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About the Author
What People are Saying About This
“L.A. Mental caught my interest immediately and held it until the last page. A very cool concept beautifully executed.”
“Neil McMahon’s L.A. MENTAL is as much a mind game as it is thriller, a scientific puzzle buried in a murder mystery, all set against the surreal world of Hollywood filmmaking. Blurring genres and expectations, this is a book that challenges and thrills in equal parts.”
“Sure storytelling and elegant writing…. An intoxicating blend of psychology, mind control, physics and movies, leavened with the more familiar plot devices of money, sex and power.”
“McMahon offers up a killer so cutting edge and secretly lethal that I’m sure that Homeland Security believes he got into their intelligence files. . . . Twist after turn of wonderfully crafted words.”
“With L.A. Mental, Neil McMahon heads into the territory of William Gibson in a fast-moving, compelling tale that’s a blend of detective novel and might-just-be-possible science fiction, sure to leave readers hungry for more.”
“[A] punchy, potent genre mash-up-part thriller, part mystery, a pinch of sci-fi-about a Los Angeles on the verge of a mental breakdown.”
Behind L.A. Mental by Neil McMahon
A certain amount of paranoia, I've come to believe, is a healthy survival instinct, and I practice what I preach. My old friend Jim Crumley (author of the iconic detective novel The Last Good Kissif you haven't read it, you're missing a real pleasure) once told me that I had the right to write thrillers because I was the most spooked-out person he'd ever known.
Paranoia can also be a great tool for a writer. I think it's safe to say that thrillers are largely driven by fear of some sort, which pervades the characters' lives (and keeps the reader turning pages). The novels often focus on a particular kind of fear (with numerous gradations, variations, and combinations): for instance, up-close-and-personal (as in: "Whoa!is this charming stranger I just jumped into bed with really the slasher who's been all over the news?"); the larger-but-contained scale (terrorists on the brink of taking out hostages, who usually include the President and/or the head cop's squeeze); and the all-out panic of a major disaster (ticking nuclear bomb, pandemic disease, alien invasion).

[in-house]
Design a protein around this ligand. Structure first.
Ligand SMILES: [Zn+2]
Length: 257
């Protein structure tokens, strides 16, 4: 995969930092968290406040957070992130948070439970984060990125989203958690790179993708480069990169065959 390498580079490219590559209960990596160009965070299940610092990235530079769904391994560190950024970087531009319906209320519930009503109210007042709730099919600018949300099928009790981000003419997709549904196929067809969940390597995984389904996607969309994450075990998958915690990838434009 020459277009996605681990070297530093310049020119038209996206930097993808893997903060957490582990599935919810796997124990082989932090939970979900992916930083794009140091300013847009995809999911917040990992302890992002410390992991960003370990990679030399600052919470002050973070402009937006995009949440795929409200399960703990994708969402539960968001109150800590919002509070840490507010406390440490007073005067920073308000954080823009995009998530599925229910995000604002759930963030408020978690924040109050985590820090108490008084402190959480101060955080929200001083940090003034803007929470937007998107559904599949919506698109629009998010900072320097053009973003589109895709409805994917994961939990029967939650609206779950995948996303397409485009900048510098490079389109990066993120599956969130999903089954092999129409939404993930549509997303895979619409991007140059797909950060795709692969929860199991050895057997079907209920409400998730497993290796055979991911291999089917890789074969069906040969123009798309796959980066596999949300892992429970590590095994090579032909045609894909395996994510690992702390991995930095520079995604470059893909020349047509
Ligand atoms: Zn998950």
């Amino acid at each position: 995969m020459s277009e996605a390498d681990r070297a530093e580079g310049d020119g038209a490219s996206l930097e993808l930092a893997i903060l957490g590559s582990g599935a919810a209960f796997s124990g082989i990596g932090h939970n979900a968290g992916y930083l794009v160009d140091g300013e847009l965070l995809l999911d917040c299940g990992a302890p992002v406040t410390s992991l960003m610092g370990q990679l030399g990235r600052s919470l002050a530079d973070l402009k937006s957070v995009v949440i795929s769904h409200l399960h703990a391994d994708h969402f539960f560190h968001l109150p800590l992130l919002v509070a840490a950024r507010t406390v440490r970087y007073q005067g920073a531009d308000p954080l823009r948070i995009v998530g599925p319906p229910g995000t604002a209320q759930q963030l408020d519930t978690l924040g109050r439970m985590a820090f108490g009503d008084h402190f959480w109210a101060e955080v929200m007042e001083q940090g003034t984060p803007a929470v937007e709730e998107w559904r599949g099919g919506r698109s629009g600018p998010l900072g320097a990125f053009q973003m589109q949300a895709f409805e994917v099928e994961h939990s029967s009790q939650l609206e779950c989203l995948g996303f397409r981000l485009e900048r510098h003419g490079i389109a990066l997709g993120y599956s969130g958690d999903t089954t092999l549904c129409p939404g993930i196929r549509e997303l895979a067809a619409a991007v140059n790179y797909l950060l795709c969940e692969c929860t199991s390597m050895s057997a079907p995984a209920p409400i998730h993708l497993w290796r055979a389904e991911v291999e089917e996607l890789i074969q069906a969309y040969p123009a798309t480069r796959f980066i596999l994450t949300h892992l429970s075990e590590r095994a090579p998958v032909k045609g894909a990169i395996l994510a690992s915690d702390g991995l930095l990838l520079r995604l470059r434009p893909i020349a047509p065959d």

My own earlier novels tend toward the first end of that spectrum, deriving their tension and suspense largely from a sense of immediate personal danger to the characters. But looking back on my books (I've never really thought about this before), I can see a gradually increasing focus on a more widespread brand of peril (sinister genetic manipulation in Blood Double, domestic terrorism in Revolution No. 9).
L.A. Mental then makes a much bigger jump in that direction, and also to outright paranoia as the major driving force behind the developments in the increasingly dangerous life of the main character, Tom Crandall. The threat at the heart of the novel is an enormous one, potentially affecting everyone on the planet, and it's peculiarly insidioussecret mass mind control via the new, mushrooming, and some might say, out-of-control science of nanotechnology. And in keeping with another tradition of the paranoia sub-genre, Tom Crandall is the only one who's aware of it.
There's no single clear-cut answer to why I took on this new subject, but rather, several factors were involved. As I mentioned, I'd already made forays in this direction, so in a sense it was a natural progression. Around the time I started work on the book, another great friend, ace journalist Andrew Schneider, was researching the nano-revolution and put it on my radar. The possibilities there seemed striking (even alarming) enough to warrant writing about. I was already interested in mind-control research, and had a smattering of knowledge about resonance theory. All that came together slowly, with the story evolving in layers and continually demanding new elements as I tried to integrate the existing ones. Eventually, after a long mix of finessing and bludgeoning things into shape, I had what I felt was a workable plot.
But I'll note one crystallizing moment. Like Tom Crandall in the novel, I've spent a fair amount of time (informally) observing vultures. When the idea hit me to bring them into the story, a scene flashed into my mind as clear as lightningTom on a ridgetop, covertly watching the twisted genius Gunnar Kelso in the meadow below with a microwave transmitter, controlling a flock of buzzards overhead like drone airplanes. From that point on, the nanotech aspect took on a life of its own.
While much of the information I present is factual, I hasten to admit that the scenario itself is largely pseudo-science. But there's no doubt that mind-control research is very much a reality that's been going on for decades, especially since the Cold War. (If you're curious, go online and check out CIA programs like MK-ULTRA and HAARP. There's plenty of unsettling information available, and you can bet there's a whole lot more that's not available. Tom elaborates on these, and related, points in the novel.)
To bring this back around, I'll close by saying that writing this piece has made me realize (with a touch of pride) that my paranoia has grown with the job, from the modest scope of my early efforts, to the threat of mankind being mentally enslaved by subliminal commands from unseen masters.
And arguably the most frightening thing about this hypothetical scenario is that it would be difficult or impossible for us even to know if it were becoming a reality.